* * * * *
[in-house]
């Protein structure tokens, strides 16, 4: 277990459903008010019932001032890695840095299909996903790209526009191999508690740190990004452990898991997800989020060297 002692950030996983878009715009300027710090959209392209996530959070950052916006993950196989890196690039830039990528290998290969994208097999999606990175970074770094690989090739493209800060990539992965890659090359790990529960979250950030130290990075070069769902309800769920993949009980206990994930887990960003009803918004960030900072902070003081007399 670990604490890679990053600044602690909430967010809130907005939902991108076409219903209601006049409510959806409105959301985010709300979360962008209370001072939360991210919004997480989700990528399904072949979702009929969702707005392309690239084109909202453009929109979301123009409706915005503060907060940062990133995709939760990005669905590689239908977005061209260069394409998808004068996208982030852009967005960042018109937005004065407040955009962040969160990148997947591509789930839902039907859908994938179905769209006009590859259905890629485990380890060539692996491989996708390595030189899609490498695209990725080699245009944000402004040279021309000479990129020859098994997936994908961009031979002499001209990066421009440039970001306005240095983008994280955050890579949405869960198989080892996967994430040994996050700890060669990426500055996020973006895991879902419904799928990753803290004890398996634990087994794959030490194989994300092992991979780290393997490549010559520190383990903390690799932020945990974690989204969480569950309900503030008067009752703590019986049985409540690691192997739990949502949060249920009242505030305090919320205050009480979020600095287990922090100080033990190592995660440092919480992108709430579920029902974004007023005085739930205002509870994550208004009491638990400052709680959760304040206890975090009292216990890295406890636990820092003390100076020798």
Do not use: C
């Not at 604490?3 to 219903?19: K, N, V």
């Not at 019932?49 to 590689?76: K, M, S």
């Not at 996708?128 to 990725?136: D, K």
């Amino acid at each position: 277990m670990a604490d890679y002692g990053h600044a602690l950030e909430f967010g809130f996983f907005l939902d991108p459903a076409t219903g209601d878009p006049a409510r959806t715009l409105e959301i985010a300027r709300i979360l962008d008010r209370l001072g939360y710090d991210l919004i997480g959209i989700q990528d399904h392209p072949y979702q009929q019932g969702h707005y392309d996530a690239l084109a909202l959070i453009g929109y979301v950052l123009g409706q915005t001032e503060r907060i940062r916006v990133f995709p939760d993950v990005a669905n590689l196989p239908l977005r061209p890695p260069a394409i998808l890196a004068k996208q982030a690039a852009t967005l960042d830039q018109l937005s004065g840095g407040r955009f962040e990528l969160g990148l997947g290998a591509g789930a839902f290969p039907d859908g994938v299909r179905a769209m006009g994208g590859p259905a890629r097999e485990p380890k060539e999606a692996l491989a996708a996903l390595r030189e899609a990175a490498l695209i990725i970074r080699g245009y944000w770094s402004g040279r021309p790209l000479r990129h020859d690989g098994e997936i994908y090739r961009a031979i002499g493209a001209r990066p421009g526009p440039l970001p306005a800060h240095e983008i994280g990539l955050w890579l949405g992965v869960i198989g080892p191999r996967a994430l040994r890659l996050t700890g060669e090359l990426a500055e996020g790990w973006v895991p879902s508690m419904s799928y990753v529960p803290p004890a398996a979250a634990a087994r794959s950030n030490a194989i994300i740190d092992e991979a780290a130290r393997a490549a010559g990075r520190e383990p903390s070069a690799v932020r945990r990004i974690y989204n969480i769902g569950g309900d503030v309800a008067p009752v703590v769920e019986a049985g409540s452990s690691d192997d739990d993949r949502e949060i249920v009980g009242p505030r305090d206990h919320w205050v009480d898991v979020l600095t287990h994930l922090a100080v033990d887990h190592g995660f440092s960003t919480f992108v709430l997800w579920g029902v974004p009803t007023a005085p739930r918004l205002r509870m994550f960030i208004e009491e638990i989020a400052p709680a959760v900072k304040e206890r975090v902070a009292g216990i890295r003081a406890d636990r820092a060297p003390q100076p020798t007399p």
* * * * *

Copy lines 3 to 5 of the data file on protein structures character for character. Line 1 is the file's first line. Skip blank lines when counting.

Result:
Do not use: C
């Not at 604490?3 to 219903?19: K, N, V």
């Not at 019932?49 to 590689?76: K, M, S």